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How toxic is the amount of plutonium in Japan equivalent to 6000 nuclear bombs

For many years, Japan has extracted plutonium from spent fuel of nuclear power plants to be reused as fuel. At present, the storage capacity of plutonium is up to 47 tons. According to Kyodo, "it's the equivalent of making 6000 nuclear bombs.". So, how toxic is plutonium? Xiaobian will show you something

some people are worried that Japan's plutonium inventory is far higher than the actual demand for nuclear power plants across the country, leaving many hidden dangers. For example, when encountering natural disasters such as earthquakes and tsunamis, it may cause leakage hazards, and it may also become the target of terrorist attacks.

Many questions

Japan's high plutonium stockpile has aroused renewed concern, coincided with the expiration of the 30-year term of the Japan US nuclear energy agreement, which is the basis of Japan's nuclear energy policy, and the automatic extension of this month's 17.

Plutonium is a kind of radioactive material that can be transferred to nuclear weapons. The United States has long allowed Japan to extract plutonium from nuclear power projects, which is based on the Japan US nuclear energy agreement. According to AFP, Japan is the only country in the world to extract plutonium from spent fuel of nuclear power plants without possessing nuclear weapons.

Although Japan has repeatedly announced that it will not use plutonium for military purposes, many voices in Japan have questioned that the Japanese authorities maintain a high inventory of plutonium, perhaps in order to 'keep a later plan'.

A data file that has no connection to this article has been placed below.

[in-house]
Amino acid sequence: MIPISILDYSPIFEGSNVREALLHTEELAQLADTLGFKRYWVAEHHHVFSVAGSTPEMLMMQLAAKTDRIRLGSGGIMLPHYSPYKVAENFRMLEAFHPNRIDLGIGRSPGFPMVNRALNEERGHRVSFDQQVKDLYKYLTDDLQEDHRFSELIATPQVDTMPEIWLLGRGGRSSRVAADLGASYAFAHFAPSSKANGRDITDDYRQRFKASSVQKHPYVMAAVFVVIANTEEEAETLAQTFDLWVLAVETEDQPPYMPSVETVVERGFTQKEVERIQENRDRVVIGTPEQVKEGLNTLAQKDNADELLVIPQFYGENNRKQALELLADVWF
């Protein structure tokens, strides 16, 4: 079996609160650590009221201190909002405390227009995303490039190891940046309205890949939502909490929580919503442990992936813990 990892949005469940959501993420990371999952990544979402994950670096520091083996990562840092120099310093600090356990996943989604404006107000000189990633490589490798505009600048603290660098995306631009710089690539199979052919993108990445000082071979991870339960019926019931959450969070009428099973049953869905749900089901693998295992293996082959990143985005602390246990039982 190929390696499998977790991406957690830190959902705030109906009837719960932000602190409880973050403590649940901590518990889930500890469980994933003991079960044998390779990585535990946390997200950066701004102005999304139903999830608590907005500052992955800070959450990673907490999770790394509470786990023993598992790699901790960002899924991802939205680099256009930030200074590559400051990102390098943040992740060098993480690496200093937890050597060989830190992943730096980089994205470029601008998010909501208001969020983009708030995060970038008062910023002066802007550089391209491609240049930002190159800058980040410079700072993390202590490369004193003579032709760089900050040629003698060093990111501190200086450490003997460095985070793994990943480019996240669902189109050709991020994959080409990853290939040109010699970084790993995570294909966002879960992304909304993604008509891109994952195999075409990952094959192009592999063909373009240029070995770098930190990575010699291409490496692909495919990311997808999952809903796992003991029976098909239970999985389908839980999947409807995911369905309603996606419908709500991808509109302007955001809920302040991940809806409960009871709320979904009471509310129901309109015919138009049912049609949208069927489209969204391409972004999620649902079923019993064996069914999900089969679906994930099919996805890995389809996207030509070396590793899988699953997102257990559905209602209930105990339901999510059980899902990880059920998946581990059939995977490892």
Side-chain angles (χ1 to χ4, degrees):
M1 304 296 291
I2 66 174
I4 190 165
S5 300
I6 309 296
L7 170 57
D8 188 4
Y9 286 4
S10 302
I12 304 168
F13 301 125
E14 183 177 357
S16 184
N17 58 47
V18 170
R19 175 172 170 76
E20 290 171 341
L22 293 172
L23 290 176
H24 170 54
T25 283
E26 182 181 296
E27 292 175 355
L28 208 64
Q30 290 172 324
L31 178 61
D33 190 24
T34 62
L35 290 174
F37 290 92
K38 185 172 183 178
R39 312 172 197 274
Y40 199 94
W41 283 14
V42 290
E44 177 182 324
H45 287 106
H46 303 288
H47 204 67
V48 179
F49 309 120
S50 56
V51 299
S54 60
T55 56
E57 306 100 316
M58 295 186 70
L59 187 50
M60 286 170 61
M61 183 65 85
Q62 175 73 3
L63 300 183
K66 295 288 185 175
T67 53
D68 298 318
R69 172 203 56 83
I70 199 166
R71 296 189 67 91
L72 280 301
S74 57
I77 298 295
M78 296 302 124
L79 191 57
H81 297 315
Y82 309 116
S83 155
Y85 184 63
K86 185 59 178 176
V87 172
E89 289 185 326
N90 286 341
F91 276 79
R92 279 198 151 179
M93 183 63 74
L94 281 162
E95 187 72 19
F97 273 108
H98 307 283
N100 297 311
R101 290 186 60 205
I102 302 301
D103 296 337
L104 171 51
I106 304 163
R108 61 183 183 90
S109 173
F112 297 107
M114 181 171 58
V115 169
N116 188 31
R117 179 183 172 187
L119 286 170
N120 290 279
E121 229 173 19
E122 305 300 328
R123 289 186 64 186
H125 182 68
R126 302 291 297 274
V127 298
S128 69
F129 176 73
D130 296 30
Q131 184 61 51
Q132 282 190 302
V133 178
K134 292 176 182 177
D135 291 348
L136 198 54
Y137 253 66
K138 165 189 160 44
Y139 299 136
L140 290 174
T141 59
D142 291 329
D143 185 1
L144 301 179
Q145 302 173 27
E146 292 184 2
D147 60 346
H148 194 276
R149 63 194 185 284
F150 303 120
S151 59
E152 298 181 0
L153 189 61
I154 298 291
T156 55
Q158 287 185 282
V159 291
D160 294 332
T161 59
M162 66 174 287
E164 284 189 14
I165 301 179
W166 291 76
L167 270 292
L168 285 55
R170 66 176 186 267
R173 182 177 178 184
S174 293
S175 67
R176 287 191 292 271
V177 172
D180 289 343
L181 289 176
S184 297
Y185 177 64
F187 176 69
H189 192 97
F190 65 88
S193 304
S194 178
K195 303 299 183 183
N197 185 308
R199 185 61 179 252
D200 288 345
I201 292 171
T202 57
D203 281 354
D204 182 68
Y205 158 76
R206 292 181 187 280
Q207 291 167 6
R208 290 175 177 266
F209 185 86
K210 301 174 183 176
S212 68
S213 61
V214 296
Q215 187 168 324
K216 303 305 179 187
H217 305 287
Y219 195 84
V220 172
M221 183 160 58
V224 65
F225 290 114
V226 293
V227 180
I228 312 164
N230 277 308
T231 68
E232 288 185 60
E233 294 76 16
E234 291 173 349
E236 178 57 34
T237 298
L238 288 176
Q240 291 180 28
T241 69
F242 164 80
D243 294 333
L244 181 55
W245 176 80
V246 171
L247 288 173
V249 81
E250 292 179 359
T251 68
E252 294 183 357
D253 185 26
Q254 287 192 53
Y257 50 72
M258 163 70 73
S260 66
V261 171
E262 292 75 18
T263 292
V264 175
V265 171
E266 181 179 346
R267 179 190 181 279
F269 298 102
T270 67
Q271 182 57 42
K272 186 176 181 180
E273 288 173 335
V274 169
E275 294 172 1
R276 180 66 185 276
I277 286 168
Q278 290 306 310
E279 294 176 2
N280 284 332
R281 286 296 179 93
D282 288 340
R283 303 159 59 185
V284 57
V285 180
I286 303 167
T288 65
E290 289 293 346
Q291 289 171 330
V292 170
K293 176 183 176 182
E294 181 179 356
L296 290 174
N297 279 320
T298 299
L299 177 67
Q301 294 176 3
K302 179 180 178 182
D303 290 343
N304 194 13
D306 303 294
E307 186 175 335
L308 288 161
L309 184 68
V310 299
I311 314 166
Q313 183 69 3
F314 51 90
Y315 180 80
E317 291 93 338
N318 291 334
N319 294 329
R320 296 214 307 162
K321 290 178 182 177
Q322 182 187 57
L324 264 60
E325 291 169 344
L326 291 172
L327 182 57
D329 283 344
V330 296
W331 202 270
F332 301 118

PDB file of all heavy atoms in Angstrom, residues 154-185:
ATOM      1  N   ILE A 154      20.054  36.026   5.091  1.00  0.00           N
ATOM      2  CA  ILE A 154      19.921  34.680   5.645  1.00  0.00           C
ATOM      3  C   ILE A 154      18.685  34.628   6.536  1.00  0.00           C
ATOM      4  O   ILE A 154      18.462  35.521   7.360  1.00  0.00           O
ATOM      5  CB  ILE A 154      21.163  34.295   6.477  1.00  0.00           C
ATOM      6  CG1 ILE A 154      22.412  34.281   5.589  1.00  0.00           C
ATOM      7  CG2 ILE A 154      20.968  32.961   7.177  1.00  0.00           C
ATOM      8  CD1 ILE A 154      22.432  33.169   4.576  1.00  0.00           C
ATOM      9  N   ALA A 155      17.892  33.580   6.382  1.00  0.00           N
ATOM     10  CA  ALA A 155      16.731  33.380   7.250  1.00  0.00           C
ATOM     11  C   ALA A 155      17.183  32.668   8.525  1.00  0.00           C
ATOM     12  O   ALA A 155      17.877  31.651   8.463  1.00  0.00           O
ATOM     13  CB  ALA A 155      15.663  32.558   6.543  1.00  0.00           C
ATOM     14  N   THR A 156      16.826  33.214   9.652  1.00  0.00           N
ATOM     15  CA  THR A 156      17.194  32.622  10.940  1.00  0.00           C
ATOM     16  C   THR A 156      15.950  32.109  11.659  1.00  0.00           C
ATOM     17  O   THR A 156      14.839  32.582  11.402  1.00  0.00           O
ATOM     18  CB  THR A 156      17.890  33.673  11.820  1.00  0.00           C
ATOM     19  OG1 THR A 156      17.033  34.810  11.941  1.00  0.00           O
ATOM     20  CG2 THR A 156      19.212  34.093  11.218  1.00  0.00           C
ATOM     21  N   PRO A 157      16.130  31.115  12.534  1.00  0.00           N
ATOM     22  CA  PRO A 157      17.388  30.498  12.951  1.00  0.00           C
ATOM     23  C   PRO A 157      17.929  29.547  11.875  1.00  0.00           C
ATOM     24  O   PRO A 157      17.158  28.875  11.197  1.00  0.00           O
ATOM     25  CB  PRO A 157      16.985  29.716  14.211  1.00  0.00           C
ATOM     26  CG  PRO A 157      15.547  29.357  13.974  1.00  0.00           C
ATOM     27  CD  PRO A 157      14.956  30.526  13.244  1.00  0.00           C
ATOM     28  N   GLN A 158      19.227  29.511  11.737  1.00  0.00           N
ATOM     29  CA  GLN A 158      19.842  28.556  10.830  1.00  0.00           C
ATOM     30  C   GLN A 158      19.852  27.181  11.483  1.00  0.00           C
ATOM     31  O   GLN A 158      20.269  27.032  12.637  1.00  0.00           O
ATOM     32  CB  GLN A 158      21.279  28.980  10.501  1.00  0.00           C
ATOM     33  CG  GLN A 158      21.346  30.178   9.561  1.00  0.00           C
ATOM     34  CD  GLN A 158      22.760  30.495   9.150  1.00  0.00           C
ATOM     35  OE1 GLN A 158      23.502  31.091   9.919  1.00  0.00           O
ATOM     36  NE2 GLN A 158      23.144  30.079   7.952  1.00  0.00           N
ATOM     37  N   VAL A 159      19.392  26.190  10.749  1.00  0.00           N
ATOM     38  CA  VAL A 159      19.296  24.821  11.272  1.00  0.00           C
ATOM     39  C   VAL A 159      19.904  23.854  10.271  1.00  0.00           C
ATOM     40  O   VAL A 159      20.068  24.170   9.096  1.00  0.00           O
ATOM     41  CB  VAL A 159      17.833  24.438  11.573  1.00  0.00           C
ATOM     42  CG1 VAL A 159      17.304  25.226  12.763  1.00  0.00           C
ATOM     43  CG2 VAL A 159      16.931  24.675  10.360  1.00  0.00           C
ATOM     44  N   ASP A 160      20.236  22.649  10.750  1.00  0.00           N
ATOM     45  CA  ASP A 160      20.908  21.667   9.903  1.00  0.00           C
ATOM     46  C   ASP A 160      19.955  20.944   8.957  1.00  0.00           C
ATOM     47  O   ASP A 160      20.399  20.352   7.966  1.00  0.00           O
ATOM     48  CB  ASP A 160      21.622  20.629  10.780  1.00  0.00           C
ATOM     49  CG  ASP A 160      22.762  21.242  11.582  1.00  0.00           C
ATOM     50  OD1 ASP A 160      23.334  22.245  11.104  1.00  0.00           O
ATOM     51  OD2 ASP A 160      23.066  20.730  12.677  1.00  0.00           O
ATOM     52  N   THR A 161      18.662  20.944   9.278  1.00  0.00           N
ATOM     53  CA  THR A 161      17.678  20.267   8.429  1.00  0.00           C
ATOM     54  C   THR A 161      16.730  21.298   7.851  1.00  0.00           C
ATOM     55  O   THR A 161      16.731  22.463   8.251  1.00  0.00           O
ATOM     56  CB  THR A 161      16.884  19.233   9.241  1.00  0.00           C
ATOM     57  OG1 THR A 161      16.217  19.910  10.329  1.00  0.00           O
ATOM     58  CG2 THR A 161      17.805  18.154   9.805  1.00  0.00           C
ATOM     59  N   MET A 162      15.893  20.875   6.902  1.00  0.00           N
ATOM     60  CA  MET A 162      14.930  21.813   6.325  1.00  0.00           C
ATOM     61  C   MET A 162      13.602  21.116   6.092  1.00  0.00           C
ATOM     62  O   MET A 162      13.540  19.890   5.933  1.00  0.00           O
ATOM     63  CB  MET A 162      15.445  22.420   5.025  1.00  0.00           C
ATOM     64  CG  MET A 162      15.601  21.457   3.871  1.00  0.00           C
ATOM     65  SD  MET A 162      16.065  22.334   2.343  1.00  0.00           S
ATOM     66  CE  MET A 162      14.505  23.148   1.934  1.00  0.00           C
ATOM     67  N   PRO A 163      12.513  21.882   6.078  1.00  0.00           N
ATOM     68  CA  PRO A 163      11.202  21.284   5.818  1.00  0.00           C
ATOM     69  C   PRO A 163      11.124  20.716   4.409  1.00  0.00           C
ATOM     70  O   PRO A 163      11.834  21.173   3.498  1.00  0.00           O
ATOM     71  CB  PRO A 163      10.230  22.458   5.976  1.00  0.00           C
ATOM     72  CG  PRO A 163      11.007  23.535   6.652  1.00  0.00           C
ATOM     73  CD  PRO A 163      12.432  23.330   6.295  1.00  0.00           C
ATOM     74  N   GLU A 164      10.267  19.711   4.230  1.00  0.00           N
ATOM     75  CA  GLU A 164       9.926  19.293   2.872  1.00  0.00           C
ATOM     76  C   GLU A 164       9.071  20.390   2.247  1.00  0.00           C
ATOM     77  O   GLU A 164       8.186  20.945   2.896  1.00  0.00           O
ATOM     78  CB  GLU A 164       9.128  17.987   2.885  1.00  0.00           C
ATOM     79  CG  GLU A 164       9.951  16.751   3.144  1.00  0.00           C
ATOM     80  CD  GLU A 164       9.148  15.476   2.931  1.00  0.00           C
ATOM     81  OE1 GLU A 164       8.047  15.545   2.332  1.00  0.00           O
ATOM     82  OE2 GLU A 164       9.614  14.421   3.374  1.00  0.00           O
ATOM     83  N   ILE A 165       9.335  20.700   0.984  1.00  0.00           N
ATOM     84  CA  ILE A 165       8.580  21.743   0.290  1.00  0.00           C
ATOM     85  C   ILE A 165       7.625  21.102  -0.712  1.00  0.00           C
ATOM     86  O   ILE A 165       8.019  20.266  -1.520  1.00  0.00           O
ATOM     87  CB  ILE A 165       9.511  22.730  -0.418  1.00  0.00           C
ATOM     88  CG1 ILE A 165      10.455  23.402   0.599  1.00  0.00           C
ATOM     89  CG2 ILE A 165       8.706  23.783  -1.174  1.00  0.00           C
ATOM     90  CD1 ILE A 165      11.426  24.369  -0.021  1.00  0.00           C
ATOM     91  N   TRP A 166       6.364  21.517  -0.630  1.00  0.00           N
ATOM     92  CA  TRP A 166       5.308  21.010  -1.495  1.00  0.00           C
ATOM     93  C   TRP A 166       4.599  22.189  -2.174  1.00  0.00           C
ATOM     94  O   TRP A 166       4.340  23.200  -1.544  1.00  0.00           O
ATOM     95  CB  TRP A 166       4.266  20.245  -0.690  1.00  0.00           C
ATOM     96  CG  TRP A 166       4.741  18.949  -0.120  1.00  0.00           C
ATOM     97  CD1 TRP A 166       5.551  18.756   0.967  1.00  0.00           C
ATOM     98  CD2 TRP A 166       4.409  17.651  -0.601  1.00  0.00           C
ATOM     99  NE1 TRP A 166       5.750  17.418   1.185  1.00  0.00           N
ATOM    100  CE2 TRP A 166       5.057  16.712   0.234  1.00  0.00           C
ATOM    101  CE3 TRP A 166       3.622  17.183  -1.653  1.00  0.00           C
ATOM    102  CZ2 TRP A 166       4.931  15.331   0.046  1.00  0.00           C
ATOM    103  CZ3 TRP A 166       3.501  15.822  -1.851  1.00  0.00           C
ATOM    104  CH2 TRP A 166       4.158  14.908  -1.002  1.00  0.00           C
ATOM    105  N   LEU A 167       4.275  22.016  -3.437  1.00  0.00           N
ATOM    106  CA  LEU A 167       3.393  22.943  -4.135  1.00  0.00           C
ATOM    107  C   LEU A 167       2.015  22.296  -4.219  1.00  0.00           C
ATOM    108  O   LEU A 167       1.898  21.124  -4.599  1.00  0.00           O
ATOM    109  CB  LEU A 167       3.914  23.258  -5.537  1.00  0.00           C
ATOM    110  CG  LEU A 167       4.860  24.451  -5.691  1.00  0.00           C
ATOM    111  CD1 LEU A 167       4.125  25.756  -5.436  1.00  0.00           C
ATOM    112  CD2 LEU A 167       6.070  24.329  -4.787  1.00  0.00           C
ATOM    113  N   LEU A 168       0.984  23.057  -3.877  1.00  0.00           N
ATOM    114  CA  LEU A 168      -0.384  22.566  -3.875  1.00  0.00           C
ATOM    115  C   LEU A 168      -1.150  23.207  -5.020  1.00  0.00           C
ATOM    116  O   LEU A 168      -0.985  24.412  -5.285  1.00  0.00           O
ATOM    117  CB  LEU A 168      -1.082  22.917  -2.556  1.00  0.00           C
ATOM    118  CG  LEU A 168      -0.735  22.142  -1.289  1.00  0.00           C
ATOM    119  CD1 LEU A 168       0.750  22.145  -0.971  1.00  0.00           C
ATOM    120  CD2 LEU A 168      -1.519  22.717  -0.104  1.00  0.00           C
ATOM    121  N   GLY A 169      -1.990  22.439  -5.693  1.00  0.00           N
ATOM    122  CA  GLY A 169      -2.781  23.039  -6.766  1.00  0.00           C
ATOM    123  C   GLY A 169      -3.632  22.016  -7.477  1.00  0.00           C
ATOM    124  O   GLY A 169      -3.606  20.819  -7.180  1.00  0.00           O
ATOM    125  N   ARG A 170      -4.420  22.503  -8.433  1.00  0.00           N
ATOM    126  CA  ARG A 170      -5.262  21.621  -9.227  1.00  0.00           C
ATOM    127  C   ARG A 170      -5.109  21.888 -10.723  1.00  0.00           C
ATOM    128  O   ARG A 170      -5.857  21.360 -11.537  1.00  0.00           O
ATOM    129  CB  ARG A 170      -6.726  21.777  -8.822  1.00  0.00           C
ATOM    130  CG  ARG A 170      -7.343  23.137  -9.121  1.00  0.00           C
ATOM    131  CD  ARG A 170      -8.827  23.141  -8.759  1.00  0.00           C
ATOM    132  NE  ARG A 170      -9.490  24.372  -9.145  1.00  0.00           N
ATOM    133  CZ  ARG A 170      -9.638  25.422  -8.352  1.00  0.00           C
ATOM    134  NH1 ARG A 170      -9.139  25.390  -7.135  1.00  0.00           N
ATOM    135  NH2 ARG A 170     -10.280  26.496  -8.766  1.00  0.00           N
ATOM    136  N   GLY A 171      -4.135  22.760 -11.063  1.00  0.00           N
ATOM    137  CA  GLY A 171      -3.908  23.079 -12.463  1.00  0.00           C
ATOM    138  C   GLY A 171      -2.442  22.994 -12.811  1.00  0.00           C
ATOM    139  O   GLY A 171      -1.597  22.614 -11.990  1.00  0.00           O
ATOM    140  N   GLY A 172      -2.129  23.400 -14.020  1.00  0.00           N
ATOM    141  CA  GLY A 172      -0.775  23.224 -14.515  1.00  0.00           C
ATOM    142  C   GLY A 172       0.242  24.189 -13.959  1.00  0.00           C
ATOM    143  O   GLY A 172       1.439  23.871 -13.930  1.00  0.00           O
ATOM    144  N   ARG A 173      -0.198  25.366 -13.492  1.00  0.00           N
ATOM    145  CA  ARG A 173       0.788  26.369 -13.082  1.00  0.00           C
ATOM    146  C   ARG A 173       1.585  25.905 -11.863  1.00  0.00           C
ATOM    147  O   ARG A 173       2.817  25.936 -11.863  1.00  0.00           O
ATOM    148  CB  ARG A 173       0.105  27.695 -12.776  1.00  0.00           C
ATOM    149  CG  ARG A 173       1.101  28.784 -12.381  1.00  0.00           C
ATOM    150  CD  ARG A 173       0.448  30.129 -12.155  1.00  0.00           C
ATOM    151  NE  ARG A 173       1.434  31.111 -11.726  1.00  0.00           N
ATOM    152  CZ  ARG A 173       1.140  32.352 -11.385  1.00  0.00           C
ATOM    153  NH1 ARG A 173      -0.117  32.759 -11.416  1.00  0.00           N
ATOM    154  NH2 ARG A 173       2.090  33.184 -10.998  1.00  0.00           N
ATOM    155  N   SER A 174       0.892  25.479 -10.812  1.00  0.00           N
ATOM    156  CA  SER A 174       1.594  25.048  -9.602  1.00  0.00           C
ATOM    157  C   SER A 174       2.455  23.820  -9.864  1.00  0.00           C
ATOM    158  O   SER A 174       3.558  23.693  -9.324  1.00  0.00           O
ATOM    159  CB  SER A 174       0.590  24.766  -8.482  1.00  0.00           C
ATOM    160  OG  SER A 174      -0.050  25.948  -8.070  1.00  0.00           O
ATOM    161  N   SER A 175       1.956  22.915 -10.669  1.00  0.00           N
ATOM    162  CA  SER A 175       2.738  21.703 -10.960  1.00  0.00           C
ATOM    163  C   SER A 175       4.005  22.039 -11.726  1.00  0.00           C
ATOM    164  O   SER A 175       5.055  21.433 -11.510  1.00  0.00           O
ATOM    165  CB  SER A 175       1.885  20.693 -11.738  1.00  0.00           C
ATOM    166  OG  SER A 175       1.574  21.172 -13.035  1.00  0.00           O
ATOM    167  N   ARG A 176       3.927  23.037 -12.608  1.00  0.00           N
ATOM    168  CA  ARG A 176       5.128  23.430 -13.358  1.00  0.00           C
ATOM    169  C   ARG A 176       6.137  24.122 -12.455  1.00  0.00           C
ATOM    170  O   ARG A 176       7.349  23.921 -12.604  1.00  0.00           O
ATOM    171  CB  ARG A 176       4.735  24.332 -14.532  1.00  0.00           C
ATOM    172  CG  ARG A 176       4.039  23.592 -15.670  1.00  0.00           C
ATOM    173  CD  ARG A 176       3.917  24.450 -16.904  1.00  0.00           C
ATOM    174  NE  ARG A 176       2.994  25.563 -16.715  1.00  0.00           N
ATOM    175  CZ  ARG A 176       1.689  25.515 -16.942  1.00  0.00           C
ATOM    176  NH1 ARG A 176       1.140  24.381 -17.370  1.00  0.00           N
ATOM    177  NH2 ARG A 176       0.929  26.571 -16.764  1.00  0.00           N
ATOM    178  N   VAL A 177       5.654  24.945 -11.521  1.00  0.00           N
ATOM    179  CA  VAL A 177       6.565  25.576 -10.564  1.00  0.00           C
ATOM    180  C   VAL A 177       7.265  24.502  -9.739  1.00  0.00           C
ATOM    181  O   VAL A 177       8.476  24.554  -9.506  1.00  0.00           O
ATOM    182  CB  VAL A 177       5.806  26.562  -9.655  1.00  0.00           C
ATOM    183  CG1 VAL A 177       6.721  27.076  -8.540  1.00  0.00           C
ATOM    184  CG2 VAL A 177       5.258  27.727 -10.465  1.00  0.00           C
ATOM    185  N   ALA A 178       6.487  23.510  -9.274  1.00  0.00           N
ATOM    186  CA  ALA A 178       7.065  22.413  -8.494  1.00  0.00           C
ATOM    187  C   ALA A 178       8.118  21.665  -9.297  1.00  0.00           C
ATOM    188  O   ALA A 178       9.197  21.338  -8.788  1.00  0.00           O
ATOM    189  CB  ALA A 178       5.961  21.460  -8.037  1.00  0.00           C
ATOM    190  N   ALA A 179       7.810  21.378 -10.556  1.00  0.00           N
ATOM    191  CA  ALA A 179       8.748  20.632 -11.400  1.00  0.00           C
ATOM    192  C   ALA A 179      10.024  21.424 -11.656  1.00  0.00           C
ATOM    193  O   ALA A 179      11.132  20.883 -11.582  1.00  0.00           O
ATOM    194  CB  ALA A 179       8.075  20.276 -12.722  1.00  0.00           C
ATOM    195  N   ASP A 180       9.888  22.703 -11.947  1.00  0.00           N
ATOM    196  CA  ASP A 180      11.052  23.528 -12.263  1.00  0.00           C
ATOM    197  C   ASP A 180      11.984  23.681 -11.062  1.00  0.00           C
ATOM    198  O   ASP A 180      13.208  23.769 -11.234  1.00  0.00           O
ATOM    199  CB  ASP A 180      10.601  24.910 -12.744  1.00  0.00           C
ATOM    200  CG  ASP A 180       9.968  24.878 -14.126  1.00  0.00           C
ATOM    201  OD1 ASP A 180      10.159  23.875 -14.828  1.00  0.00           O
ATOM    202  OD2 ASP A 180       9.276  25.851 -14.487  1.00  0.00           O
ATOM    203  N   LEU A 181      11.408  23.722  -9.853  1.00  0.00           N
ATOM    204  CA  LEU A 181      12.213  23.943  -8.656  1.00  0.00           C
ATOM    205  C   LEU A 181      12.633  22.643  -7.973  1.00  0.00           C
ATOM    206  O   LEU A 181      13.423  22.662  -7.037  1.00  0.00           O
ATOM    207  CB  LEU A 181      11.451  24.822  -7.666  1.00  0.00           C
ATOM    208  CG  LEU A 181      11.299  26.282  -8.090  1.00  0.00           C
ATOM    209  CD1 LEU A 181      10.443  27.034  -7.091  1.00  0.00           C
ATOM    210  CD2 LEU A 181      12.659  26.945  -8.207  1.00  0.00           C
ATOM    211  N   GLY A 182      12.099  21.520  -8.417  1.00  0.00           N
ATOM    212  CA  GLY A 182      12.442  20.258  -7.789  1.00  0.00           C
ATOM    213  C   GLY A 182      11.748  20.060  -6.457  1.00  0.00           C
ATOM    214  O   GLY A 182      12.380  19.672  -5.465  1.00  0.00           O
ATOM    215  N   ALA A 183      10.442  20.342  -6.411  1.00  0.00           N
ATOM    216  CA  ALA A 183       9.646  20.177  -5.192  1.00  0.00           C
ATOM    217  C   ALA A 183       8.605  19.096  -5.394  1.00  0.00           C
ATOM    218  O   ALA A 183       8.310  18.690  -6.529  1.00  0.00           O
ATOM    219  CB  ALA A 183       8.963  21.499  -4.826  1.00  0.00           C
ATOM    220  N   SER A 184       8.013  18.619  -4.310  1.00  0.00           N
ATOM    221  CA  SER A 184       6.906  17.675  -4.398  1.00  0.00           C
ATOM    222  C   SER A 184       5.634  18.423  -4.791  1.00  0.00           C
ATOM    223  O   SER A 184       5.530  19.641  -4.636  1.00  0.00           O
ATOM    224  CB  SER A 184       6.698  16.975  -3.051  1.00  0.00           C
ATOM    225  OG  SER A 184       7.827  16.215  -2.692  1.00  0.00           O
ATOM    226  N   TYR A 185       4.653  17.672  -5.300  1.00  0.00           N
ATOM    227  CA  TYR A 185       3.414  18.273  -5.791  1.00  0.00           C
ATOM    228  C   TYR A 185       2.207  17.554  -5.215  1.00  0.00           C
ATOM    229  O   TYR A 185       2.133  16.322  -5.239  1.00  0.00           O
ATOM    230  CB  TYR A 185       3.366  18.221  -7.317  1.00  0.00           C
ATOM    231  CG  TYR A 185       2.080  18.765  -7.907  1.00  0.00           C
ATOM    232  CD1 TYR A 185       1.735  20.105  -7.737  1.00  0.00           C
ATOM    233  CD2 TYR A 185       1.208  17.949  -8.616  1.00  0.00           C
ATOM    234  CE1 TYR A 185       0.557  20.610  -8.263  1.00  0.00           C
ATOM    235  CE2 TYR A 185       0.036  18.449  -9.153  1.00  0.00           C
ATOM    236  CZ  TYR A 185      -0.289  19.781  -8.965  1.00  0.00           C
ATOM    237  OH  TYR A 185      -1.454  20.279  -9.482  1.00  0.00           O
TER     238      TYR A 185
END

Urging inventory reduction

Kyodo News Agency reported that the United States had previously asked Japan to reduce its plutonium inventory. For the first time this month, the Japanese government signalled a deliberate reduction in plutonium stockpiles, according to AFP, but did not publish a detailed road map.

The reprocessing capacity of plutonium in Japan is still limited, so only 10 tons of 47 tons of inventory are processed in Japan, and another 37 tons are sent to the UK and France, AFP reported.

Frank middot von Hippel, a professor of nuclear arms control and policy making at Princeton University in the United States, said: 'the cost of extracting plutonium (from spent fuel) in Japan is very high, which is not cost-effective from an economic and environmental point of view. '

In an interview with Agence France Presse, the former vice chairman of the government's Atomic Energy Commission, Jiro Suzuki, said the Japanese authorities should set a 'clear goal' to reduce plutonium stockpiles and 'at least promise not to increase any more stockpiles'.